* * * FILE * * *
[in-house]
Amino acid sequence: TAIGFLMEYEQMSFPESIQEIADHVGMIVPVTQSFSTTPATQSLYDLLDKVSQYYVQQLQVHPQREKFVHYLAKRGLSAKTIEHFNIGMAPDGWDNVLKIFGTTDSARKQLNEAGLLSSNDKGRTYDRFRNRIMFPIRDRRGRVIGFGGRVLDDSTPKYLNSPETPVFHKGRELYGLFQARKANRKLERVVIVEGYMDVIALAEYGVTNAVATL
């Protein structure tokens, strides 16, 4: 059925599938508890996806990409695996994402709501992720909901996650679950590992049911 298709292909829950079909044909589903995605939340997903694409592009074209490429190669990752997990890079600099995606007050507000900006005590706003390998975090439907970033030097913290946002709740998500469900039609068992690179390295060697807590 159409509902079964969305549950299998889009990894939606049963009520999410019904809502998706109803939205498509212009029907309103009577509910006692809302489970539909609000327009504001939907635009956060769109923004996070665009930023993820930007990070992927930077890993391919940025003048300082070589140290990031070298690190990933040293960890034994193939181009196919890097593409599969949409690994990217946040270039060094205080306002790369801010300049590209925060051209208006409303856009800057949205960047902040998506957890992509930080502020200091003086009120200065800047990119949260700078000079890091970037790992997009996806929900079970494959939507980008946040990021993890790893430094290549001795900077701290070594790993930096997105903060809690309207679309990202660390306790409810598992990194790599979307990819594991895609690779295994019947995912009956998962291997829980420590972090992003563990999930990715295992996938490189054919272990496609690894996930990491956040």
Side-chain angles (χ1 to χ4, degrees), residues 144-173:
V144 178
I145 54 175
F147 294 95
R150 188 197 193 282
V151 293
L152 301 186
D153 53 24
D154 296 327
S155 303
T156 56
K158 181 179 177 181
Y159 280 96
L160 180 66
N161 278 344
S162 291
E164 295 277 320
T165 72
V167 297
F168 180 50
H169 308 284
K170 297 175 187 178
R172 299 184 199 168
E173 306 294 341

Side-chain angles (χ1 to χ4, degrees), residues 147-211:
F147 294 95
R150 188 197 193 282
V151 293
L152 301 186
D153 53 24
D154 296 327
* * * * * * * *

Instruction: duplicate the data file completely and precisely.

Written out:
[in-house]
Amino acid sequence: TAIGFLMEYEQMSFPESIQEIADHVGMIVPVTQSFSTTPATQSLYDLLDKVSQYYVQQLQVHPQREKFVHYLAKRGLSAKTIEHFNIGMAPDGWDNVLKIFGTTDSARKQLNEAGLLSSNDKGRTYDRFRNRIMFPIRDRRGRVIGFGGRVLDDSTPKYLNSPETPVFHKGRELYGLFQARKANRKLERVVIVEGYMDVIALAEYGVTNAVATL
């Protein structure tokens, strides 16, 4: 059925599938508890996806990409695996994402709501992720909901996650679950590992049911 298709292909829950079909044909589903995605939340997903694409592009074209490429190669990752997990890079600099995606007050507000900006005590706003390998975090439907970033030097913290946002709740998500469900039609068992690179390295060697807590 159409509902079964969305549950299998889009990894939606049963009520999410019904809502998706109803939205498509212009029907309103009577509910006692809302489970539909609000327009504001939907635009956060769109923004996070665009930023993820930007990070992927930077890993391919940025003048300082070589140290990031070298690190990933040293960890034994193939181009196919890097593409599969949409690994990217946040270039060094205080306002790369801010300049590209925060051209208006409303856009800057949205960047902040998506957890992509930080502020200091003086009120200065800047990119949260700078000079890091970037790992997009996806929900079970494959939507980008946040990021993890790893430094290549001795900077701290070594790993930096997105903060809690309207679309990202660390306790409810598992990194790599979307990819594991895609690779295994019947995912009956998962291997829980420590972090992003563990999930990715295992996938490189054919272990496609690894996930990491956040």
Side-chain angles (χ1 to χ4, degrees), residues 144-173:
V144 178
I145 54 175
F147 294 95
R150 188 197 193 282
V151 293
L152 301 186
D153 53 24
D154 296 327
S155 303
T156 56
K158 181 179 177 181
Y159 280 96
L160 180 66
N161 278 344
S162 291
E164 295 277 320
T165 72
V167 297
F168 180 50
H169 308 284
K170 297 175 187 178
R172 299 184 199 168
E173 306 294 341

Side-chain angles (χ1 to χ4, degrees), residues 147-211:
F147 294 95
R150 188 197 193 282
V151 293
L152 301 186
D153 53 24
D154 296 327